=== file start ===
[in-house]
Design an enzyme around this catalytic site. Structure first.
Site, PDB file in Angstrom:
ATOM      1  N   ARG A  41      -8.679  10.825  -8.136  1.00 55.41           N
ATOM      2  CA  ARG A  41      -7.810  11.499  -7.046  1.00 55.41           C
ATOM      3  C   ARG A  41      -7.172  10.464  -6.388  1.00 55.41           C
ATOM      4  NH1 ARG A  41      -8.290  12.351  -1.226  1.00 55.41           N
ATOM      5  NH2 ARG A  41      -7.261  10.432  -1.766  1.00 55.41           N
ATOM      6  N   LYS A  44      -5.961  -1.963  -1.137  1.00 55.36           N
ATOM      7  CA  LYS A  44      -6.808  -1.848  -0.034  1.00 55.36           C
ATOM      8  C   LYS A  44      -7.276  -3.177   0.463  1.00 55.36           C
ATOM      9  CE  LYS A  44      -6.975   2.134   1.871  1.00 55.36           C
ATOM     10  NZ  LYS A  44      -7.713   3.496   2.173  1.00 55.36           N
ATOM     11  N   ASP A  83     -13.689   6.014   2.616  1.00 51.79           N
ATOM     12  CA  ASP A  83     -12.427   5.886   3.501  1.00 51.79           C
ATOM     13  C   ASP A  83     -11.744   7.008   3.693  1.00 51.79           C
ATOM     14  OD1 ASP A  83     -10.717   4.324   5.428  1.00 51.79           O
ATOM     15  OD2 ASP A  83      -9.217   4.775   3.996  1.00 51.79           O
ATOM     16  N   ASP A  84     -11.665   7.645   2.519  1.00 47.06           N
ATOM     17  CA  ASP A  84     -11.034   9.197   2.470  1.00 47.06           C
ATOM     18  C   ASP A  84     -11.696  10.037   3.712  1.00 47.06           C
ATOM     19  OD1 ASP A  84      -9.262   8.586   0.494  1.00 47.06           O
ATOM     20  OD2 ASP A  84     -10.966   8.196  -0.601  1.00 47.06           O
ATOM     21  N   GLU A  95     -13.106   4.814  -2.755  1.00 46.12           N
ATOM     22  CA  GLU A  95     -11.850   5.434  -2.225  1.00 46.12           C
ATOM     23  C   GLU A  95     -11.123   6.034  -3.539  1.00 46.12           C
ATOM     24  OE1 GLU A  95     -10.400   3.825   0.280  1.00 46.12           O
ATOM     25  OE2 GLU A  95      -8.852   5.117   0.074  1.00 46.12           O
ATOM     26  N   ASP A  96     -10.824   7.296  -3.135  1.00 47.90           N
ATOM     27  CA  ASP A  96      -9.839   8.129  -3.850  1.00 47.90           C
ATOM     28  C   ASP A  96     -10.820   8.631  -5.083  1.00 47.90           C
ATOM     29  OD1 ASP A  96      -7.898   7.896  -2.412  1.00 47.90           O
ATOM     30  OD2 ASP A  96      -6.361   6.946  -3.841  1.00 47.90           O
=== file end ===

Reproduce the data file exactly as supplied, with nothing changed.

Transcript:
[in-house]
Design an enzyme around this catalytic site. Structure first.
Site, PDB file in Angstrom:
ATOM      1  N   ARG A  41      -8.679  10.825  -8.136  1.00 55.41           N
ATOM      2  CA  ARG A  41      -7.810  11.499  -7.046  1.00 55.41           C
ATOM      3  C   ARG A  41      -7.172  10.464  -6.388  1.00 55.41           C
ATOM      4  NH1 ARG A  41      -8.290  12.351  -1.226  1.00 55.41           N
ATOM      5  NH2 ARG A  41      -7.261  10.432  -1.766  1.00 55.41           N
ATOM      6  N   LYS A  44      -5.961  -1.963  -1.137  1.00 55.36           N
ATOM      7  CA  LYS A  44      -6.808  -1.848  -0.034  1.00 55.36           C
ATOM      8  C   LYS A  44      -7.276  -3.177   0.463  1.00 55.36           C
ATOM      9  CE  LYS A  44      -6.975   2.134   1.871  1.00 55.36           C
ATOM     10  NZ  LYS A  44      -7.713   3.496   2.173  1.00 55.36           N
ATOM     11  N   ASP A  83     -13.689   6.014   2.616  1.00 51.79           N
ATOM     12  CA  ASP A  83     -12.427   5.886   3.501  1.00 51.79           C
ATOM     13  C   ASP A  83     -11.744   7.008   3.693  1.00 51.79           C
ATOM     14  OD1 ASP A  83     -10.717   4.324   5.428  1.00 51.79           O
ATOM     15  OD2 ASP A  83      -9.217   4.775   3.996  1.00 51.79           O
ATOM     16  N   ASP A  84     -11.665   7.645   2.519  1.00 47.06           N
ATOM     17  CA  ASP A  84     -11.034   9.197   2.470  1.00 47.06           C
ATOM     18  C   ASP A  84     -11.696  10.037   3.712  1.00 47.06           C
ATOM     19  OD1 ASP A  84      -9.262   8.586   0.494  1.00 47.06           O
ATOM     20  OD2 ASP A  84     -10.966   8.196  -0.601  1.00 47.06           O
ATOM     21  N   GLU A  95     -13.106   4.814  -2.755  1.00 46.12           N
ATOM     22  CA  GLU A  95     -11.850   5.434  -2.225  1.00 46.12           C
ATOM     23  C   GLU A  95     -11.123   6.034  -3.539  1.00 46.12           C
ATOM     24  OE1 GLU A  95     -10.400   3.825   0.280  1.00 46.12           O
ATOM     25  OE2 GLU A  95      -8.852   5.117   0.074  1.00 46.12           O
ATOM     26  N   ASP A  96     -10.824   7.296  -3.135  1.00 47.90           N
ATOM     27  CA  ASP A  96      -9.839   8.129  -3.850  1.00 47.90           C
ATOM     28  C   ASP A  96     -10.820   8.631  -5.083  1.00 47.90           C
ATOM     29  OD1 ASP A  96      -7.898   7.896  -2.412  1.00 47.90           O
ATOM     30  OD2 ASP A  96      -6.361   6.946  -3.841  1.00 47.90           O